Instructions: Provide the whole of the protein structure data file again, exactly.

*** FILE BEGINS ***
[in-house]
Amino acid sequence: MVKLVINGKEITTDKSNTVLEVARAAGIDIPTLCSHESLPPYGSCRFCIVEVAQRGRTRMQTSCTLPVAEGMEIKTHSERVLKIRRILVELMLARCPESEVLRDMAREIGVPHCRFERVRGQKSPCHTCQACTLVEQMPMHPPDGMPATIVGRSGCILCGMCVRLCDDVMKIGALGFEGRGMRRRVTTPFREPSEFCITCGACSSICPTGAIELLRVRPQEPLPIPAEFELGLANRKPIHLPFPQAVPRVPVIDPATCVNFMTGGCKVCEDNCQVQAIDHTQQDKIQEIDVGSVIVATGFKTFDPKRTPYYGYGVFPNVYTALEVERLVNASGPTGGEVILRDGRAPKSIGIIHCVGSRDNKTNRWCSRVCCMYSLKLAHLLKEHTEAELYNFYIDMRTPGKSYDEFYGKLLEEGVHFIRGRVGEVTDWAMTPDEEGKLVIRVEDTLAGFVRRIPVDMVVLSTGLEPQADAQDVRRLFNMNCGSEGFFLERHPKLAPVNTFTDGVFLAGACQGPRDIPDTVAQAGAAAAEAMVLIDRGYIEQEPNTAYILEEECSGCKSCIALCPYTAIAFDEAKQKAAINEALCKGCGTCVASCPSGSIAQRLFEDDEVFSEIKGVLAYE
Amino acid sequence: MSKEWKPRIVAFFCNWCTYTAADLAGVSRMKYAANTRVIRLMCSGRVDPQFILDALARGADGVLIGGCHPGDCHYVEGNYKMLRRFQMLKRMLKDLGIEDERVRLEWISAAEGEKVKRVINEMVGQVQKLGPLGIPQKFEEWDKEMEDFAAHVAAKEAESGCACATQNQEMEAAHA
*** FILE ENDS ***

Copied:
[in-house]
Amino acid sequence: MVKLVINGKEITTDKSNTVLEVARAAGIDIPTLCSHESLPPYGSCRFCIVEVAQRGRTRMQTSCTLPVAEGMEIKTHSERVLKIRRILVELMLARCPESEVLRDMAREIGVPHCRFERVRGQKSPCHTCQACTLVEQMPMHPPDGMPATIVGRSGCILCGMCVRLCDDVMKIGALGFEGRGMRRRVTTPFREPSEFCITCGACSSICPTGAIELLRVRPQEPLPIPAEFELGLANRKPIHLPFPQAVPRVPVIDPATCVNFMTGGCKVCEDNCQVQAIDHTQQDKIQEIDVGSVIVATGFKTFDPKRTPYYGYGVFPNVYTALEVERLVNASGPTGGEVILRDGRAPKSIGIIHCVGSRDNKTNRWCSRVCCMYSLKLAHLLKEHTEAELYNFYIDMRTPGKSYDEFYGKLLEEGVHFIRGRVGEVTDWAMTPDEEGKLVIRVEDTLAGFVRRIPVDMVVLSTGLEPQADAQDVRRLFNMNCGSEGFFLERHPKLAPVNTFTDGVFLAGACQGPRDIPDTVAQAGAAAAEAMVLIDRGYIEQEPNTAYILEEECSGCKSCIALCPYTAIAFDEAKQKAAINEALCKGCGTCVASCPSGSIAQRLFEDDEVFSEIKGVLAYE
Amino acid sequence: MSKEWKPRIVAFFCNWCTYTAADLAGVSRMKYAANTRVIRLMCSGRVDPQFILDALARGADGVLIGGCHPGDCHYVEGNYKMLRRFQMLKRMLKDLGIEDERVRLEWISAAEGEKVKRVINEMVGQVQKLGPLGIPQKFEEWDKEMEDFAAHVAAKEAESGCACATQNQEMEAAHA